“The great economist John Maynard Keynes once said: ‘Practical men, who believe themselves to be quite exempt from any intellectual influence, are usually the slaves of some defunct economist.’” – John Coumarianos

The whole idea of “efficient markets” and “random walk” theories play out well on paper, they just never have in actual practice. The reality is investors make repeated emotional mistakes which are ultimately driven by the very volatility they are supposed to withstand.

These emotional mistakes, as I have discussed repeatedly in the past, are the biggest reason for underperformance by investors. These behavioral biases can be broadly defined as Loss Aversion, Narrow Framing, Anchoring, Mental Accounting, Lack of Diversification, Herding, Regret, Media Response, and Optimism.

When prices rise on a consistent basis, investors begin viewing stocks as a “no lose proposition which simply deliver high-rates of return over the long-term. The reality has actually been quite different. The chart below shows the real, total return, (inflation and dividends included) versus it’s annualized rate of return using a geometric average.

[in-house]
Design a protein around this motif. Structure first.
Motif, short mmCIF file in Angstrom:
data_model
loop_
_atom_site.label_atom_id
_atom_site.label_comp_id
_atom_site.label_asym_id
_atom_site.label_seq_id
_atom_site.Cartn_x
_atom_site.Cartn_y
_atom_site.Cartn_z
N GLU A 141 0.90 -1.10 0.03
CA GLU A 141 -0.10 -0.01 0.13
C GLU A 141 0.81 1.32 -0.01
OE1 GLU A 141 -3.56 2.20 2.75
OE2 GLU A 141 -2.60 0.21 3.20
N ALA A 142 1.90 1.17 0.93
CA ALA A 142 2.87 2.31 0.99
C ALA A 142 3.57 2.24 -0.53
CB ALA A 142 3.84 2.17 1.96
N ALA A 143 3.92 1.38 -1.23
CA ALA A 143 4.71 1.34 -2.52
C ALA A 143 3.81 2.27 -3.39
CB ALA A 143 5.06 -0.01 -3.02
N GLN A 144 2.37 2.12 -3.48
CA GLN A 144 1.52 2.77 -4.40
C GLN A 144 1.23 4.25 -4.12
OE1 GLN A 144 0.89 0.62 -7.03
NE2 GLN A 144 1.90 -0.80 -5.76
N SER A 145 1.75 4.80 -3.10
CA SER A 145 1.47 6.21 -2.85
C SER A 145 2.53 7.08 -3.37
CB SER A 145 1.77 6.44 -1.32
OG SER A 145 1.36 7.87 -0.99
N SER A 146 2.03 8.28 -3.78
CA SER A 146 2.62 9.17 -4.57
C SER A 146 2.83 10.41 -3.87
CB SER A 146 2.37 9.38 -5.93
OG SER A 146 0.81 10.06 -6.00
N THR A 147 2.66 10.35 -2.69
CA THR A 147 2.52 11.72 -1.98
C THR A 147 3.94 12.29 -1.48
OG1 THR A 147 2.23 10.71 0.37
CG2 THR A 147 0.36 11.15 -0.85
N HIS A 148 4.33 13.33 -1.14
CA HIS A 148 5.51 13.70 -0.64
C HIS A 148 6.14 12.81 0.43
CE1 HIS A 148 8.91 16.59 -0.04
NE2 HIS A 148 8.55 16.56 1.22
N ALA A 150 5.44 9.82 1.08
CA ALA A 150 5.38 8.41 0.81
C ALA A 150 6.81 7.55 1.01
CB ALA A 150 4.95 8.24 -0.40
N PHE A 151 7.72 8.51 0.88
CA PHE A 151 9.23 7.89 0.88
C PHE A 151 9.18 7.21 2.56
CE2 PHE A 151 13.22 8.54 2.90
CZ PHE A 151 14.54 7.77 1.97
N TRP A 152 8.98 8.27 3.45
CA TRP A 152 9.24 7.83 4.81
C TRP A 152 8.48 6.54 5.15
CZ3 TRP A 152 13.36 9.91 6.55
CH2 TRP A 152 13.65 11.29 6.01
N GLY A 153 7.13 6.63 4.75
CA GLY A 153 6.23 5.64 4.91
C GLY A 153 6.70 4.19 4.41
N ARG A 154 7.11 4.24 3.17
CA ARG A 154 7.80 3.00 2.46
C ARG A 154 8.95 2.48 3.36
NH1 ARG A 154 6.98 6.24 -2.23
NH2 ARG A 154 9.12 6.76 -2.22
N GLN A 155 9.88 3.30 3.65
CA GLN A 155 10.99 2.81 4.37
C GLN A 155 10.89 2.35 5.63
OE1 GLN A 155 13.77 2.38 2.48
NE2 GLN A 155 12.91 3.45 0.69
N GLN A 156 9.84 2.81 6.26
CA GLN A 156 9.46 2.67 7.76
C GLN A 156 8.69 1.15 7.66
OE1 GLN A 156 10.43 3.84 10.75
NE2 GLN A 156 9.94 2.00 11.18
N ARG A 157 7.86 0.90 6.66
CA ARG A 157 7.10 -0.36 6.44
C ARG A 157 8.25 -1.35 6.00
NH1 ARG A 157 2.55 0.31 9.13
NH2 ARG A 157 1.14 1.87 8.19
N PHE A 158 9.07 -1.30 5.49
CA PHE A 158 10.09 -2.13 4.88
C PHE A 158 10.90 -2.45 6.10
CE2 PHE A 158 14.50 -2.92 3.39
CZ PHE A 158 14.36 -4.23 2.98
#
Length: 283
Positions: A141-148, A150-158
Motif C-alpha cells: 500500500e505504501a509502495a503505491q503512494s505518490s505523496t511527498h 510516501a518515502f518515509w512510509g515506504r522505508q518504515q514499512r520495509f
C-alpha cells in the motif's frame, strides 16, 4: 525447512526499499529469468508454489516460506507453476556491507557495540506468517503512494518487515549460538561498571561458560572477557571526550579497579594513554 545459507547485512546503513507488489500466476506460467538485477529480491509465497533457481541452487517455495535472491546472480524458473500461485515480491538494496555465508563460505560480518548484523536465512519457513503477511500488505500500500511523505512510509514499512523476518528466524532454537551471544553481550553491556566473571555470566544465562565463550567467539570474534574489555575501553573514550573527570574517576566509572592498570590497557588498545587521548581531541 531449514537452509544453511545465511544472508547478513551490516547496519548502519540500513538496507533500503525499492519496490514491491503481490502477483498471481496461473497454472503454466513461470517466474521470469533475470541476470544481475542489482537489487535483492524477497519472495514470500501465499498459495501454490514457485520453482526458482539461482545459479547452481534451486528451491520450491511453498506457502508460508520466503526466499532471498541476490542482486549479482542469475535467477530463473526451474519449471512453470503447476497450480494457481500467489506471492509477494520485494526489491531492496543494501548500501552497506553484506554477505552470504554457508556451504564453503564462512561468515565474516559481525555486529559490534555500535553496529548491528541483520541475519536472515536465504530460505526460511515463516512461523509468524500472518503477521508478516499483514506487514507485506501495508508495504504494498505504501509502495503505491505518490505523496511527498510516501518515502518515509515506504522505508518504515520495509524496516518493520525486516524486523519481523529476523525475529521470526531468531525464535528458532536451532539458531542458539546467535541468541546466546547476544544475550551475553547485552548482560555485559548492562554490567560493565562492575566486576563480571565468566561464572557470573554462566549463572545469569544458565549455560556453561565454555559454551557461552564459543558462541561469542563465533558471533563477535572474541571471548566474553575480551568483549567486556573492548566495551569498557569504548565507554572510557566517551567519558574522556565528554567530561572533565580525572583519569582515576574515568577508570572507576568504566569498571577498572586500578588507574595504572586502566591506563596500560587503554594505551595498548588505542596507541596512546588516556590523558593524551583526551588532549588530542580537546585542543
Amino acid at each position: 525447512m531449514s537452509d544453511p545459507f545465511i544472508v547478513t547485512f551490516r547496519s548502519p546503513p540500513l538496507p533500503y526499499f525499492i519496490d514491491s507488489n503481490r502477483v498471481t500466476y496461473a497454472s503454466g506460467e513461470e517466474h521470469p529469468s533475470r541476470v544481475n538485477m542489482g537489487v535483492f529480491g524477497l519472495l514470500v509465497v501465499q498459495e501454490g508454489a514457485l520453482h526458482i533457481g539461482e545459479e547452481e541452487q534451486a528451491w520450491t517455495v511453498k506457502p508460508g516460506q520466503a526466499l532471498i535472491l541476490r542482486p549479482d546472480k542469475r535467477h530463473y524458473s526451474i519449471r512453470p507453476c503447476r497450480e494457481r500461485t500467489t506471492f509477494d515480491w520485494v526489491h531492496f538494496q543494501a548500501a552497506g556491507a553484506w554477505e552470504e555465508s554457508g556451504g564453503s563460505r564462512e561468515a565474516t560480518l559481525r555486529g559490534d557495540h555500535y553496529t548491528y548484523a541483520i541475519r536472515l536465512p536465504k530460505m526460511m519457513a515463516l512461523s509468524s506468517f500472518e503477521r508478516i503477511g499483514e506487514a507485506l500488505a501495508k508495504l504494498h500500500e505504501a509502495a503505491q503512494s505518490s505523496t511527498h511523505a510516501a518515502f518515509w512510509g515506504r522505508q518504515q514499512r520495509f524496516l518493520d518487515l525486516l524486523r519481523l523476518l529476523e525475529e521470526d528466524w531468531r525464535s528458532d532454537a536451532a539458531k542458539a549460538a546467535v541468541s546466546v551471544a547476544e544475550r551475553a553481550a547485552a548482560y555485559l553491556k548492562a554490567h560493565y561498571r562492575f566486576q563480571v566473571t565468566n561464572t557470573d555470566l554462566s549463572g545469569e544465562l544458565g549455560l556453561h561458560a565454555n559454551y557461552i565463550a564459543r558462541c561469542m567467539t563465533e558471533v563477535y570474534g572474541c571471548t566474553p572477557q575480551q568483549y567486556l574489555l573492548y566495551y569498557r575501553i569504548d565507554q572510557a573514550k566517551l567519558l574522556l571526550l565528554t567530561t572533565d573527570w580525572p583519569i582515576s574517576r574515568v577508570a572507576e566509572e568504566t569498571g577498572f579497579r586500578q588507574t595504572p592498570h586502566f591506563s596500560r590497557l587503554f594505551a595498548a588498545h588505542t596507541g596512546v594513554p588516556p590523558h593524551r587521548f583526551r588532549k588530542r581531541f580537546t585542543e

It took nearly 14-years just to break even and 18-years to generate just a 2.93% compounded annual rate of return since 2000. (If you back out dividends, it was virtually zero.) This is a far cry from the 6-8% annualized return assumptions promised to “buy and hold” investors.

But such a low rate of return should not have been surprising.

What drives stock prices (long-term) is the value of what you pay today for a future share of the company’s earnings in the future. Simply put – “it’s valuations, stupid.”  

Instead of magical lottery tickets that automatically and necessarily reward those who wait, stocks are ownership units of businesses. That’s banal, I know, but everyone seems to forget it. And it means equity returns depend on how much you pay for their future profits, not on how much price volatility you can endure.

Stocks are not so efficiently priced that they are always poised to deliver satisfying returns even over a decade or more, as we’ve just witnessed for 18 years. A glance at future 10-year real returns based on the starting Shiller PE (price relative to past 10 years’ average, inflation-adjusted earnings) in the chart above tells the story. Buying high locks in low returns and vice versa.

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